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It is a legal requirement that there be a charitable beneficiary. We can squeeze it so it’s getting as little as a few thousand at the final winding down of the trust, but I’d rather not have us look abusive.

The alternative is taxes.

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At the protocol level we currently have no legal requirement, for either charities or taxes, and the DAO is represented by users of various races, faiths, genders, economic status, sexual orientations, and political motives, in jurisdictions all over the world. The one thing that brings us together, our shared enterprise, is that we use the protocol to burn MKR token for the benefit of token holders. I’m not sure that these entangling alliances with certain regulatory jurisdictions, that consequently require us to make these inherently political decisions among participants of widespread beliefs, are in the best interest of the DAO or it’s participants. It seems like this will cause discord among users and bring the protocol closer to predatory regulatory regimes. n.b. this is my personal opinion only.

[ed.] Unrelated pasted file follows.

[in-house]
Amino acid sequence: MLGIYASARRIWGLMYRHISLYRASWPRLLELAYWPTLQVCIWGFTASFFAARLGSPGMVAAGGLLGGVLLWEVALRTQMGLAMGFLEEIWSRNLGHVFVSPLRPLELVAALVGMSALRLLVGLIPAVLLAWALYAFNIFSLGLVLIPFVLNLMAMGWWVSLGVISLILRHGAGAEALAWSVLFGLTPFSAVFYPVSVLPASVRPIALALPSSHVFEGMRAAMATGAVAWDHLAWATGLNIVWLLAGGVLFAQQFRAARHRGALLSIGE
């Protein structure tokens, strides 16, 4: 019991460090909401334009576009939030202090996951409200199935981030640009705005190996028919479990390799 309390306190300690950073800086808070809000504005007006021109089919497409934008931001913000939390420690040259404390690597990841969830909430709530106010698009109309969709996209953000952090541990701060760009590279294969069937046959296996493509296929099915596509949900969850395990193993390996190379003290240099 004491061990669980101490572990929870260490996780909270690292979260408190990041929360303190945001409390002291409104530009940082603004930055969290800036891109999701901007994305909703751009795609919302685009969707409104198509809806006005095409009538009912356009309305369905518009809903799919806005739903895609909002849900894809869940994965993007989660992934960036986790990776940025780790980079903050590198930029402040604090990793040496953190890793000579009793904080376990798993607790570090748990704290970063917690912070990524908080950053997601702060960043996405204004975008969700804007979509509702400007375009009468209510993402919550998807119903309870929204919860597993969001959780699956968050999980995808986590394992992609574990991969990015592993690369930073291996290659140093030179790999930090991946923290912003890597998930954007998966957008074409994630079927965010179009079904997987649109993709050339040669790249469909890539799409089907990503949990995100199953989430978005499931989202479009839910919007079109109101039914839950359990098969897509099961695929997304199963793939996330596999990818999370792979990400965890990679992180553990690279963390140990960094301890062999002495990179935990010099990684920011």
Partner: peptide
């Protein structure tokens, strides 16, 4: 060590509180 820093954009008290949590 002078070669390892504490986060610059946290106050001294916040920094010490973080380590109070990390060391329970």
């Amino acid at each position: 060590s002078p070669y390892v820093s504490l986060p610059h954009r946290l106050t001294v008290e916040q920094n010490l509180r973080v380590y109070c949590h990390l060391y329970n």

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this is spot on.

If taxes are the only alternative to a charity, that might be the better choice. Any entity that can’t be directly related to or aligned to Maker’s interests are a distraction and point of weakness.

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To anyone giving specific personal reasons for picking their own charity: this is a topic which is ultimately of no consequence to Maker itself and where consensus is more important than the specific choice we go with.

And different trusts will have the ability to fund different charities.

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Joy Kill

Let’s donate it all to INFO WARS

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Awesome, my first proper post gets to be a controversial one.